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where do I go from here?

Started by sick of being sick on 03/08/2014 9:34am

I need some good advice. I am post my second laminectomy and according to my surgeon at Johns Hopkins headed for a third, which I will do all in my power to avoid! First surgery was a laminectomy with fusion,rods and screws. the condition was termed spondolothythesis (sp ) with spinabifida and scoliosis at the same level,L4,L5,S1. this was termed a failed surgery. Appr. 3yrs. later, after being jerked around by the first surgeon,being refused help from any other surgeon, being told to go back to the surgeon that messed you up. I found a surgeon at Johns Hopkins who agreed to help me. 2nd surgery was preformed, rods were removed,screws were removed and an attempt to relieve pressure and reduce pain level. Rods,screws and a 2nd fusion was preformed. Now after returning to Johns Hopkins for check up, due to increased pain, I was told that 2 problems exists, 1, level above last fusion has failed and needs fused along with more screws and longer rods. 2, one of the rods is broken into appr. halfway down the length of the rod, two screws are broken, one screw has the head of the screw broken and the second is broken into. Surgeon wants to wait until pain meds no longer cover the pain and also use injections preformed by pain management to help control the pain. When all else fails, then he wants to go in and do the necessary procedures. I am so tired of the constant pain. I am tired of the constant use of pain meds., I am tired of the inability to live my life as I once did. I know there are people who are worse than me, that have cancer and other disorders that I am sure cause more discomfort than I, but that doesn't mean that I am no more miserable than they are and very tired of it. Any suggestions
as to what I can do that might stop this misery once and for all?

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5 Responses


I know how you feel i have had 8 spinal surgerys including 2 failed fusions and on the computer now since i cannot get up and walk. i have had so many epidural injections i can do them myself. i have been to NYU and seen the best surgens there are and guess what " pain is very hard to treat" is what i hear from the DR.s Im on Oxy, Lyrica. amiptrilym, and others. im considering a spinal stimulator as we speak, but have heard and read alot of negetive feedback on them.I would suggest talking to a Phyclogist who has experiance in pain management. i know it sounds stupid but it does help Best wishes I know it dont help but you are not alone forgive the spelling spell check dont work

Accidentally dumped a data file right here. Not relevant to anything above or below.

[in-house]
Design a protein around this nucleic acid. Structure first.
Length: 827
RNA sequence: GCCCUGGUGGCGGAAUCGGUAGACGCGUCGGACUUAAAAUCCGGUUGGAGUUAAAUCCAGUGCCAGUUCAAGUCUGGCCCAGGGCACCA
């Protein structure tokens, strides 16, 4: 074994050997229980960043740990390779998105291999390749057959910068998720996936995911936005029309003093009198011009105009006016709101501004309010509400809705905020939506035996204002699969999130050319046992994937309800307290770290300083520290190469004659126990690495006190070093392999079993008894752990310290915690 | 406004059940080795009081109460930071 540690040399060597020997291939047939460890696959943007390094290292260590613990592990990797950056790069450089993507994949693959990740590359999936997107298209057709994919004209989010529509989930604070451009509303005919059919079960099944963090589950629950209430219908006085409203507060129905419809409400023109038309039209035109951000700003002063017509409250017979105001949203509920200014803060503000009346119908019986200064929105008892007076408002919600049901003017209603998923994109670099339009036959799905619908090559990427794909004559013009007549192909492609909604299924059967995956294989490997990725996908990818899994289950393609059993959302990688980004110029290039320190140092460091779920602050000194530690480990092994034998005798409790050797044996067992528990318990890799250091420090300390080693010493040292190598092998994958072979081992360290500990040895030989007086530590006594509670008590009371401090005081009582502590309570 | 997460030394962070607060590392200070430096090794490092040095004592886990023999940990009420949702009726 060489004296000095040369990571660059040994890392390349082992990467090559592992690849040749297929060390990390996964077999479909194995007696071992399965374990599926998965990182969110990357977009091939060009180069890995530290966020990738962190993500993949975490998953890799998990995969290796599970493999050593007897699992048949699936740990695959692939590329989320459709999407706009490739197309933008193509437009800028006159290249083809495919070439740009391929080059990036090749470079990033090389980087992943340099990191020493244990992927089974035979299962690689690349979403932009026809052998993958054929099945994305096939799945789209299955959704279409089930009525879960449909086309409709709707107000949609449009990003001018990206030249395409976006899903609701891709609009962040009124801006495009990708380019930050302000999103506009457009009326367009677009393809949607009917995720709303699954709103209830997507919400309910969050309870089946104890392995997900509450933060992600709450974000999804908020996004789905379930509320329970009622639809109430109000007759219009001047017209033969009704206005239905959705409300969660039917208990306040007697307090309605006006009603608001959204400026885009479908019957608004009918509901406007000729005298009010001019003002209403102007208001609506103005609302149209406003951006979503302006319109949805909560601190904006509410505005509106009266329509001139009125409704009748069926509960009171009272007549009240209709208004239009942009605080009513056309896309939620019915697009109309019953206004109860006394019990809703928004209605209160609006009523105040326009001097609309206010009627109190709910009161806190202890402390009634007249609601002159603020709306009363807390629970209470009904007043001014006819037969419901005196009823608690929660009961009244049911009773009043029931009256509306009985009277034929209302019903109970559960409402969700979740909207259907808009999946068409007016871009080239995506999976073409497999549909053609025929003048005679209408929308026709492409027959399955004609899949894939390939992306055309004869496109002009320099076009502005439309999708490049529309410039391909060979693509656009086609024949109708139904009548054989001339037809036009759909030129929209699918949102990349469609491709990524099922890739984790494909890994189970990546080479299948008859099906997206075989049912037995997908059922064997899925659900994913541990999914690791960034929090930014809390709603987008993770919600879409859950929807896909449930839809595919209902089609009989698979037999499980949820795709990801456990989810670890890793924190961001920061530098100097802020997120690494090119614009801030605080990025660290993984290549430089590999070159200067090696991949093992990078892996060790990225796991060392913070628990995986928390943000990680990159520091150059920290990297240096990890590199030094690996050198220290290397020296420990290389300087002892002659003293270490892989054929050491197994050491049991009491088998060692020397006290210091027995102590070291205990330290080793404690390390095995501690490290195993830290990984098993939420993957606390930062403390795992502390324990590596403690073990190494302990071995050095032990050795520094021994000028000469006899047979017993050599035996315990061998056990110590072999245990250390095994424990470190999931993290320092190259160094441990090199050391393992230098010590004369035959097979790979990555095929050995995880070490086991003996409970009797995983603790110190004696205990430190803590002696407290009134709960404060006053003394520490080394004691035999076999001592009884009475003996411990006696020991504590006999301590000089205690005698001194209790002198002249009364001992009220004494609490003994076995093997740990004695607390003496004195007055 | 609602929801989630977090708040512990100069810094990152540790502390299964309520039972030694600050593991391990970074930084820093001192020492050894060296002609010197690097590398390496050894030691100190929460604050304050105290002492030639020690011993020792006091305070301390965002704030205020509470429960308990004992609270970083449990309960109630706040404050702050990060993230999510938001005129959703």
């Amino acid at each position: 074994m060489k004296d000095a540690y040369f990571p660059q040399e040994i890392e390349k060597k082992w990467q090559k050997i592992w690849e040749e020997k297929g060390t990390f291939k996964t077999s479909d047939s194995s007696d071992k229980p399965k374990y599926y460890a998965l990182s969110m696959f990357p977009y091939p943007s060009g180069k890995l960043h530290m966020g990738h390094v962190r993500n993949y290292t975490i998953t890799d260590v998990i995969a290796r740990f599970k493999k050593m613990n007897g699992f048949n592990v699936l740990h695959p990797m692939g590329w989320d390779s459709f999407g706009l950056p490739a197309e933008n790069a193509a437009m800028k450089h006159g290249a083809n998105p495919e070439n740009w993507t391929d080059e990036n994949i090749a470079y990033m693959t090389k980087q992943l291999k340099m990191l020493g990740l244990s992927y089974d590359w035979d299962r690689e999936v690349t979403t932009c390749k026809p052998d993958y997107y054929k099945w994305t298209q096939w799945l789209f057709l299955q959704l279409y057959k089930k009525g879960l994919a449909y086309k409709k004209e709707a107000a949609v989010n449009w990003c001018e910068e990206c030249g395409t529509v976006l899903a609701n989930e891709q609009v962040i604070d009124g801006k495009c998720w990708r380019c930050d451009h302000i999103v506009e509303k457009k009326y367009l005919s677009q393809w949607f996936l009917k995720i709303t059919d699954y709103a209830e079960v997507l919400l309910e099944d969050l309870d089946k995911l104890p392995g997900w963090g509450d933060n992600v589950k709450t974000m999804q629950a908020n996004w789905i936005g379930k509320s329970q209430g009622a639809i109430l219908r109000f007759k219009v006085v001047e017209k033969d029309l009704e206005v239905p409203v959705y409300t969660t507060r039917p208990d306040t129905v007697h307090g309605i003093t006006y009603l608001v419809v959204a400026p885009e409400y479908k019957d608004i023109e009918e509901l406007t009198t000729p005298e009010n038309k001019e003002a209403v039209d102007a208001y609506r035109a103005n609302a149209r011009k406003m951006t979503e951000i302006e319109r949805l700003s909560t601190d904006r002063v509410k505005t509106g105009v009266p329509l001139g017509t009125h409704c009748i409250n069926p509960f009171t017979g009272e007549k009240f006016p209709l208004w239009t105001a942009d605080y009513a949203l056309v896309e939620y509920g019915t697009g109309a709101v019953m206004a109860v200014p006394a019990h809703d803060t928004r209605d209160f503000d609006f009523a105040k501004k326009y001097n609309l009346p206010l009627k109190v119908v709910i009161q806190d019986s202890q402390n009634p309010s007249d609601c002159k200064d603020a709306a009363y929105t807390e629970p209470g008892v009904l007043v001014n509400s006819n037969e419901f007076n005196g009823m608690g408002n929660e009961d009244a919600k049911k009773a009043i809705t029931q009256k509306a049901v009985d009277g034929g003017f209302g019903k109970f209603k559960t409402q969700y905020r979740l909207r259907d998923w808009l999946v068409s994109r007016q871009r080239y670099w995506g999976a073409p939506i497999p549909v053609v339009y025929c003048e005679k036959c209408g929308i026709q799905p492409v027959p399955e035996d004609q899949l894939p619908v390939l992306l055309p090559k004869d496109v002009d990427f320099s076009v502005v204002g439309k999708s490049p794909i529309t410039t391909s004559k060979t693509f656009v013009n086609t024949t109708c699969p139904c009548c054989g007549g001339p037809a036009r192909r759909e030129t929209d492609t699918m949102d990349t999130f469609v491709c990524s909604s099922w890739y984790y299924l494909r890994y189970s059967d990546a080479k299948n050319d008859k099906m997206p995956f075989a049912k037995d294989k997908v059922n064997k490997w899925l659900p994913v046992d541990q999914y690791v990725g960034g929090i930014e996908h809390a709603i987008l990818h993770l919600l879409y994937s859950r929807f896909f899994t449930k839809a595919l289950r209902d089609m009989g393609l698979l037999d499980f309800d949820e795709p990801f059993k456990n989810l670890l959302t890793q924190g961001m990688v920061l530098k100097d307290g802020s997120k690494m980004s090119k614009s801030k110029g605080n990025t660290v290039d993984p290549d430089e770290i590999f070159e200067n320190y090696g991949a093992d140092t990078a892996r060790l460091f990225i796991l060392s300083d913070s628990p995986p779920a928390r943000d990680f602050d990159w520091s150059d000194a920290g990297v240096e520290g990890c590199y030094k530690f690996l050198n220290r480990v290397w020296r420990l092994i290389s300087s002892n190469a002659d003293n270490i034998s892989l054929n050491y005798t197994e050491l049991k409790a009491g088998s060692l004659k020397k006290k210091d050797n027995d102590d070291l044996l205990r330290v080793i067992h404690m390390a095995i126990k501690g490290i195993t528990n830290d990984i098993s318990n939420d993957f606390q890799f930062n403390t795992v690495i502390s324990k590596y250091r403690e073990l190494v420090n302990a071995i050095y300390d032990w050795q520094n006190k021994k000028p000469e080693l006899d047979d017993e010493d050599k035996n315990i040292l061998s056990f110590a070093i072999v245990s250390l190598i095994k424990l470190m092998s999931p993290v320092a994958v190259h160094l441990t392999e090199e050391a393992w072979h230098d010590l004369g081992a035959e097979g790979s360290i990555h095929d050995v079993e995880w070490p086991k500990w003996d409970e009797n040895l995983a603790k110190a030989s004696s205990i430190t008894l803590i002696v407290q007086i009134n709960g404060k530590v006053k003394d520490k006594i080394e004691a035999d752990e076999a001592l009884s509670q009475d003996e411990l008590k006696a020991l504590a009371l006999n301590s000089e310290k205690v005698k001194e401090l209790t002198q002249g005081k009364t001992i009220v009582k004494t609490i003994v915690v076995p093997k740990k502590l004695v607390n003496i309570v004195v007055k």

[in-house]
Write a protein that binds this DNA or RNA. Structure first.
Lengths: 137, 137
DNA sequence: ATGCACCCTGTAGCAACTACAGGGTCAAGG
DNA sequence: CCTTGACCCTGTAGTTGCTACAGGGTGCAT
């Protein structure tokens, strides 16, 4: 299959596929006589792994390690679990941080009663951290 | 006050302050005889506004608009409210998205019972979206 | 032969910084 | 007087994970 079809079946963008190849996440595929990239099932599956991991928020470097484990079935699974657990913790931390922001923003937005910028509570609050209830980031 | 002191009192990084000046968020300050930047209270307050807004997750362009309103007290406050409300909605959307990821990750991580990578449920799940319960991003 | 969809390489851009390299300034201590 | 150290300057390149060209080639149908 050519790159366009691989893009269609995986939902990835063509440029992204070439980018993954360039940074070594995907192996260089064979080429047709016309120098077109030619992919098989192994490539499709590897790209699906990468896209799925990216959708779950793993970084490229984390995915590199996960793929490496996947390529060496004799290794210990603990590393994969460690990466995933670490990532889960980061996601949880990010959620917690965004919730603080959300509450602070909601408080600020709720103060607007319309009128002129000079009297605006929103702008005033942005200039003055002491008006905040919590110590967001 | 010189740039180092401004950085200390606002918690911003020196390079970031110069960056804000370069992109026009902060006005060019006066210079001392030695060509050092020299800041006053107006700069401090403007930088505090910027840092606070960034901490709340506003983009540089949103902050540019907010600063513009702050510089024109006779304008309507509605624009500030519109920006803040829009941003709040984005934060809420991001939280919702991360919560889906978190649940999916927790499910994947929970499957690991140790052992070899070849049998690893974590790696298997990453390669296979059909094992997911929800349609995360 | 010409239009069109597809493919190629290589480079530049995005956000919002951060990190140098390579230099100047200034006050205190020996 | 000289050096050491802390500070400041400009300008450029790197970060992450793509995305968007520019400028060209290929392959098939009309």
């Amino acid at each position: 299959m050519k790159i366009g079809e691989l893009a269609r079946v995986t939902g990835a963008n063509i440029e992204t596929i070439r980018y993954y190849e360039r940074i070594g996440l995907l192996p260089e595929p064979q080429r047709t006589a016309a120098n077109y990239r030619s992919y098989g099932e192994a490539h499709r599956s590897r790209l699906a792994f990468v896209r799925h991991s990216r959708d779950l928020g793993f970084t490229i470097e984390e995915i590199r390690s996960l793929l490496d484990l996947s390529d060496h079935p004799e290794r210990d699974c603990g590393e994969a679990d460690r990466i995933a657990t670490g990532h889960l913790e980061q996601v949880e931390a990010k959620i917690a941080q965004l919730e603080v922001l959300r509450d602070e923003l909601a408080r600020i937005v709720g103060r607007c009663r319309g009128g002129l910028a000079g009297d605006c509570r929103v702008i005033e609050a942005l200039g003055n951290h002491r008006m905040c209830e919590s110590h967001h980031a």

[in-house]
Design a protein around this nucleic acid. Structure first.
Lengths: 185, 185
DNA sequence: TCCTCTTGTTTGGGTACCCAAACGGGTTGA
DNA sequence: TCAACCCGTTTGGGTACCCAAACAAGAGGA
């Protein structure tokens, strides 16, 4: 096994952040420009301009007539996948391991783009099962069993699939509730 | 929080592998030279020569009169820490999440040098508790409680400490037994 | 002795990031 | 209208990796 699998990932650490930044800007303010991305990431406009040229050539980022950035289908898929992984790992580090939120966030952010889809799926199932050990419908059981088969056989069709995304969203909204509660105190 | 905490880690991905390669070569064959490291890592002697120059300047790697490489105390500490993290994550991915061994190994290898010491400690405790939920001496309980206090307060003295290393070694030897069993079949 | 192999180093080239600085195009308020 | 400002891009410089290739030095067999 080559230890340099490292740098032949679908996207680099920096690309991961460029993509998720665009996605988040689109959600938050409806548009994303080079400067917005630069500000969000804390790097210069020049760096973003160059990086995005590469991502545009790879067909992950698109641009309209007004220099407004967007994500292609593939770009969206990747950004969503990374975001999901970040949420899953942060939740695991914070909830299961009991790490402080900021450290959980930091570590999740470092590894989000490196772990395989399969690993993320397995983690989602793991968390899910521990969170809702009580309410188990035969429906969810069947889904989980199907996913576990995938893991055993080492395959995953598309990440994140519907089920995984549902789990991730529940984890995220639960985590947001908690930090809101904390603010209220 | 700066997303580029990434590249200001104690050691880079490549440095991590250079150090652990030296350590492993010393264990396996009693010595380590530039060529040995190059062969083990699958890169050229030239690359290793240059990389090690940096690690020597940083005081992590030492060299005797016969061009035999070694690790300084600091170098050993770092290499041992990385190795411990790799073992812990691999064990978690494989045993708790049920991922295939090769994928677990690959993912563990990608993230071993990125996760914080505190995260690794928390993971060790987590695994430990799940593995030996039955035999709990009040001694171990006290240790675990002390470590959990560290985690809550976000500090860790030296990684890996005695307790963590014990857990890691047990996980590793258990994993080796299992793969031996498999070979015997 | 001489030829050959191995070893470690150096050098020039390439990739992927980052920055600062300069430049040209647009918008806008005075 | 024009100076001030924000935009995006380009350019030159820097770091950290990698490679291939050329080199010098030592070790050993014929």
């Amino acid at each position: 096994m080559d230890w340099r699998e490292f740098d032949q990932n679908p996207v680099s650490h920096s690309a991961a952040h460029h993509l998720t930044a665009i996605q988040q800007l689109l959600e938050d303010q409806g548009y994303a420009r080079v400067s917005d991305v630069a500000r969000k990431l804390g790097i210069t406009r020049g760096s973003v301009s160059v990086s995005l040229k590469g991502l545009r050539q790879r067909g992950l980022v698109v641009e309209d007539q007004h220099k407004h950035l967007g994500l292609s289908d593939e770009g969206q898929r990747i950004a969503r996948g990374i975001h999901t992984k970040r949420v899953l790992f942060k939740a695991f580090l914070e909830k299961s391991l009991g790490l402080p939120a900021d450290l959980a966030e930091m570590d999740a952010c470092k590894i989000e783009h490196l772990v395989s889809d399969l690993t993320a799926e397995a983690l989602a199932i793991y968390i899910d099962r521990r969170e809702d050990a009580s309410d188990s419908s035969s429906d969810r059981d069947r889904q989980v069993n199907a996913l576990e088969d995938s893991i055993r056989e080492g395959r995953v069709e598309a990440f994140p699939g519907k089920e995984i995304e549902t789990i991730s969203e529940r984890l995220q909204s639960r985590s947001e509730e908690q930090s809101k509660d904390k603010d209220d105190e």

Do the epidural shots hurt? Ive never had any. I hate needles and Ive read somewhere that you can be
sedated before you get this shot n back. plz anyone give me some feed back. thanks in advance. Wanda


Well, you have been through the mill..had a lot of work performed..it will come to a point where they won't be able to fix you with any benefit to you.

I have similar situation.. not gone as far as you, but deal with a lot of medical issues on my spine/. You'll reach a point will they will just be polite to you and maybe give you some stronger meds and send you to PT.

It's tough to do surgency on the same area causes scar-tissue built up.
Hope this helps.. sorry I don;t have a better answer. Bottom line, just like me and many others you just got to live with it.

Try to focus your energy (or anger) on other positive things. Go in the water and do exercises or something that you like and enjoy.....focus your pain on something else.


I can relate. I feel bad for complaining because I know it could be far worse, yet at the same time all I would like is to be able to live the life I did not all that long ago. I'm 34, have 4 children, can no longer work. Since I am self employed, this leaves me with no income. I rely solely on family for help with personal and child care, as well as financial help. I finally have an appointment with the surgeon this week. After months of failed conservative treatments followed by 2 months of being bedridden with only 30 Vicodin and Advil, I am desperate. I have nerve compression from a herniated disk, as well as stenosis at 2 levels. Thickened ligaments are also causing severe compression, though I didn't catch the PA's full explanation of this. All I remember is he said it wasn't like bone spurs or "typical stenosis" and that it couldn't just be scraped out.

On the issue of the ESI, the decision should be yours and yours alone. I had many reasons for not wanting them, but my gut instinct was to refuse them. I did very little "google research" on the topic because I knew that many people take to the Internet to publicize their negative outcomes when things go bad, yet few people seem to feel the urge to find a message board and create an account solely to express their joy when a procedure has worked miracles.